million if done in the studio system.
Moreover, the research and development of STAR WARS' revolutionary visual
effects that were pioneered in the first two films allowed Lucas and
company to allow for an increase in efficiency, scope, and sheer
number of effects in JEDI. JEDI
would finish with an unheard of 900 visual effects shots, a remarkable
number for an early 1980’s film.
REVENGE OF THE JEDI, the film changed its name even after original
theatrical one sheets were in lobbies, some have noted because of a
similarity to the name of STAR TREK’s second feature (THE
WRATH OF KHAN), or most likely due to Lucas’s rightful
insistence that Jedi do not seek revenge (he would save aspects of the
title for the most recent REVENGE OF
THE SITH). The story
takes place shortly after the events of the darker and more sinister
EPISODE V: Vader (physically played by David Prowse, voiced infamously by
James Earl Jones) is overseeing the construction of a new planet-destroying Death Star, and awaiting the visit of Empire’s leader – and
master of the Dark Side of the Force – Palpatine (Ian McDiarmid,
encapsulating remorseless evil). Meanwhile,
Luke Skywalker (a more stoic and moody Mark Hamill), Princess Leia
(Carrie Fisher), Lando Carlissian (Billy Dee Williams), and Chewbacca
(Peter Mayhew) are all on a rescue mission to save a carbonited Han Solo
from the vile clutches of intergalactic Godfather, Jabba the Hutt (a
gigantic slug-like creation, one of STAR WARS’ most memorable).
Jabba resides on
Tatooine, Luke’s former home world, and the young self-anointed Jedi
Knight sends in his two robots, C3P0 (the always delightful Anthony
Daniels) and R2D2 (Kenny Baker) to do some reconnaissance.
Things backfire a bit, especially when Leia is captured by Jabba
and turned into his new slave girl (the iron bikini clad Fisher, chained
to Jabba, became one of the trilogy’s most fetching sights…. outside
of the effects, of course). Needless
to say, Luke -in pure, Errol Flynn mode - swooshes in to the rescue, but
only after he has defeated Jabba’s pet (The Rancor, a T-Rex sized
monster of claws and slimy teeth) and has thoroughly trashed all of
Jabba’s men on sand dune skiffs before he, the resurrected Han, and
Chewie are all forced to walk the plank and served as the afternoon lunch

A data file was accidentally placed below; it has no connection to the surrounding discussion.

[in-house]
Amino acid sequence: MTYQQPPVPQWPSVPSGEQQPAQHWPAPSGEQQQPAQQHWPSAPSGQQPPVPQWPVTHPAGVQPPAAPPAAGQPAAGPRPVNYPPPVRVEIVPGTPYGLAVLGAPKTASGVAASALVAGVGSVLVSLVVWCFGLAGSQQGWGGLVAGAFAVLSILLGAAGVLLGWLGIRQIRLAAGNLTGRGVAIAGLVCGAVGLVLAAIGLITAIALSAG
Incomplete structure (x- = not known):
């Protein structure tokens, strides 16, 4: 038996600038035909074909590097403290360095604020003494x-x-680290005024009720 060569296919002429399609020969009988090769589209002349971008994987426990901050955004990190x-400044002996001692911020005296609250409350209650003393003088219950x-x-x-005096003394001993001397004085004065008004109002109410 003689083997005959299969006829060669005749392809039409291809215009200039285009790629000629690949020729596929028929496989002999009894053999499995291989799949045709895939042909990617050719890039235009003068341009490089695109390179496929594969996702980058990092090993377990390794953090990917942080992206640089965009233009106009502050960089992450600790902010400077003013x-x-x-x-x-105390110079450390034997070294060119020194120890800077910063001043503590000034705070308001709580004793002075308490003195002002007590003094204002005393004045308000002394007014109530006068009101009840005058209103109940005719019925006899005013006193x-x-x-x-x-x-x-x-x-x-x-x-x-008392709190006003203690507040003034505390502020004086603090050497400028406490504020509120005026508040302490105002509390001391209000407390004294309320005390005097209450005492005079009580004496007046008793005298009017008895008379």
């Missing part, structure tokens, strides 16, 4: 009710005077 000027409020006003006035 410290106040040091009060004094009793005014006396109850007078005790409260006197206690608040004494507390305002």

to the Sarlacc (a huge pit in the ground with teeth and a dangerously
dexterous, twenty foot tongue).
The remaining film revolves around Luke, Leia, Han, and Lando re-teaming with the Rebellion to face off, once and for all, with the Emperor and Vader’s Empire, all while ensuring that they are stopped before the new Death Star becomes operational. This becomes problematic for Luke, seeing as he has discovered – after a visit with his master Yoda (Frank Oz, a pure delight) and the ghostly apparition of Obi Wan (Alec Guinness) – that his worst fears are true: Vader is his father (c’mon – no need for a spoiler for this now). So, while the Rebellion teams up with the pint sized forest dwellers of the moon of Endor (located right by the new Death Star), Luke must face his destiny and confront the man (or machine?) that was once his father and attempt to turn him away from the Dark Side so that he can finally destroy the Emperor once and for all and restore galactic peace.
A tall order for a former whiney,
teenage agriculturist, to be sure.
mentioned, is the least revered of the sequel trilogy, partly because fans
ands critics saw it as a film that existed to tie up loose ends (which is
apt), but more because the film shelters itself away from the darkness of
the previous entry. Yes, the
Ewoks of Endor are cute and cuddly (originally supposed to be Wookies,
which would have made us all geek out that much more if an army of them
fought the Empire in Jedi), and, yes, it’s clear that Lucas was going
for a more family friendly vibe here.
Yet, attacks on Lucas for going cute and family friendly
of redundant: he has always envisioned all of the STAR WARS pictures as a
new adventure and fantasy myth for today’s youth.
Those expecting the solemnity and stern fantasies out of Tolkien
need not apply here. The
STAR WARS films have always existed on a lighter, more exuberant facade than the
LORD OF THE RINGS films. Unlike
Jackson’s fantasy epic, Lucas’ universe wisely remembers to have fun
with the proceedings.
If one overlooks
the Ewok factor, JEDI does have some of the most unforgettable moments out
of the entire STAR WARS film cannon. The
daring and wonderfully lively battle between the heroes against Jabba’s